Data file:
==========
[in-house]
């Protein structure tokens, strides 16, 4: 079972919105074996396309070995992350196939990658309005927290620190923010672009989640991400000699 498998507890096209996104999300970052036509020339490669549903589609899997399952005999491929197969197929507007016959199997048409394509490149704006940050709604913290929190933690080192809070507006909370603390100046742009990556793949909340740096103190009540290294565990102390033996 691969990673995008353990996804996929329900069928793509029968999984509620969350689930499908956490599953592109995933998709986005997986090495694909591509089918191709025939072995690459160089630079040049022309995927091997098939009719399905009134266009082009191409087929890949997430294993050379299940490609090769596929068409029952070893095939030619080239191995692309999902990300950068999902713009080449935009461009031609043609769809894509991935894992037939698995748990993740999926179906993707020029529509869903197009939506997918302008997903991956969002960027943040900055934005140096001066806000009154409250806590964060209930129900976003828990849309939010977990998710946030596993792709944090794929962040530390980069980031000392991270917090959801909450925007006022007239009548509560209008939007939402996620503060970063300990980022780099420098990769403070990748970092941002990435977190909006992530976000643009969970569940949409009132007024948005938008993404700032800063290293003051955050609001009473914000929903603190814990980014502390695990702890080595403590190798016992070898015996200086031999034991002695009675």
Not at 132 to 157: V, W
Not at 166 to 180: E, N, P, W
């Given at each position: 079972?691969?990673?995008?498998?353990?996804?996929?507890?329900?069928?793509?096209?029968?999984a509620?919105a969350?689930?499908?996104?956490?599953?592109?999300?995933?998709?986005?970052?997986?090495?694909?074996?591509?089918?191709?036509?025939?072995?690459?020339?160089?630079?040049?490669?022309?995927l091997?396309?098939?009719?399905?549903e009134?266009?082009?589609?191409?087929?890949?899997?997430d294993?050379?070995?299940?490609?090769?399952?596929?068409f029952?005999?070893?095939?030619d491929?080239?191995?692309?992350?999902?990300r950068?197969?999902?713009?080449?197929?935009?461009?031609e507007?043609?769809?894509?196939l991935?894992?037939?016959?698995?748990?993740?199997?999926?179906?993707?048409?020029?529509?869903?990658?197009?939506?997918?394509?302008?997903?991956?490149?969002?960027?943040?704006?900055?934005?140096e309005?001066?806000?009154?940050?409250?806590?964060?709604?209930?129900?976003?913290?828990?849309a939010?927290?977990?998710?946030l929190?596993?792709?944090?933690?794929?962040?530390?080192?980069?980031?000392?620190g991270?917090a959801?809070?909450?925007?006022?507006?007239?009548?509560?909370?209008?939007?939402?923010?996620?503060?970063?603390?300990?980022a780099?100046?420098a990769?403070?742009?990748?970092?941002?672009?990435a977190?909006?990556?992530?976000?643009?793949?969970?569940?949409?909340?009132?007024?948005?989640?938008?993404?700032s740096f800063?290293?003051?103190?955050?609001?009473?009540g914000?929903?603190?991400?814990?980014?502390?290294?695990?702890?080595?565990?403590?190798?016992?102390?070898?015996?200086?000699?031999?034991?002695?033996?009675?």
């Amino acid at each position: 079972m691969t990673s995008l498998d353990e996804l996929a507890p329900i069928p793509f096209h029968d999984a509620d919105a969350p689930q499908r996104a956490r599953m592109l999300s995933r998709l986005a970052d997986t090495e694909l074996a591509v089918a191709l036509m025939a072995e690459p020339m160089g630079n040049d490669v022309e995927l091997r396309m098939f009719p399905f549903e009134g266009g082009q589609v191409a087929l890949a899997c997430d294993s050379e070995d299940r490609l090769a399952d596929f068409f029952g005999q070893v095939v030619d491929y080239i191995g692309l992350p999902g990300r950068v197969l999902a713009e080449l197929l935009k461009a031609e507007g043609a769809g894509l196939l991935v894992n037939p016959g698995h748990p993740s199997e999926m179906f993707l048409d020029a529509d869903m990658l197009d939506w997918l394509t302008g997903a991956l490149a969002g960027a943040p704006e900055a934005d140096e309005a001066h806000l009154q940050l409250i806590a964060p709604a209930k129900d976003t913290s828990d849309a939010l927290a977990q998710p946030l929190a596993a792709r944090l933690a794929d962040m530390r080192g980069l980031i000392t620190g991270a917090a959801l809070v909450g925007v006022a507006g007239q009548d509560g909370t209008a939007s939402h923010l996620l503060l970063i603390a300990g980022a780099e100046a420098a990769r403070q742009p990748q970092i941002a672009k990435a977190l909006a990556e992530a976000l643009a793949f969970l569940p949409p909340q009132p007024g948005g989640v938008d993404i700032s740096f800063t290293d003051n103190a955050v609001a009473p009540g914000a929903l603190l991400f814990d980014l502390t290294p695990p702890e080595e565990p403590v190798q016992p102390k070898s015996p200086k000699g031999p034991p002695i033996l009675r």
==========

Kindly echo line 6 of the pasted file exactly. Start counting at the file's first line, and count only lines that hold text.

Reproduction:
């Amino acid at each position: 079972m691969t990673s995008l498998d353990e996804l996929a507890p329900i069928p793509f096209h029968d999984a509620d919105a969350p689930q499908r996104a956490r599953m592109l999300s995933r998709l986005a970052d997986t090495e694909l074996a591509v089918a191709l036509m025939a072995e690459p020339m160089g630079n040049d490669v022309e995927l091997r396309m098939f009719p399905f549903e009134g266009g082009q589609v191409a087929l890949a899997c997430d294993s050379e070995d299940r490609l090769a399952d596929f068409f029952g005999q070893v095939v030619d491929y080239i191995g692309l992350p999902g990300r950068v197969l999902a713009e080449l197929l935009k461009a031609e507007g043609a769809g894509l196939l991935v894992n037939p016959g698995h748990p993740s199997e999926m179906f993707l048409d020029a529509d869903m990658l197009d939506w997918l394509t302008g997903a991956l490149a969002g960027a943040p704006e900055a934005d140096e309005a001066h806000l009154q940050l409250i806590a964060p709604a209930k129900d976003t913290s828990d849309a939010l927290a977990q998710p946030l929190a596993a792709r944090l933690a794929d962040m530390r080192g980069l980031i000392t620190g991270a917090a959801l809070v909450g925007v006022a507006g007239q009548d509560g909370t209008a939007s939402h923010l996620l503060l970063i603390a300990g980022a780099e100046a420098a990769r403070q742009p990748q970092i941002a672009k990435a977190l909006a990556e992530a976000l643009a793949f969970l569940p949409p909340q009132p007024g948005g989640v938008d993404i700032s740096f800063t290293d003051n103190a955050v609001a009473p009540g914000a929903l603190l991400f814990d980014l502390t290294p695990p702890e080595e565990p403590v190798q016992p102390k070898s015996p200086k000699g031999p034991p002695i033996l009675r």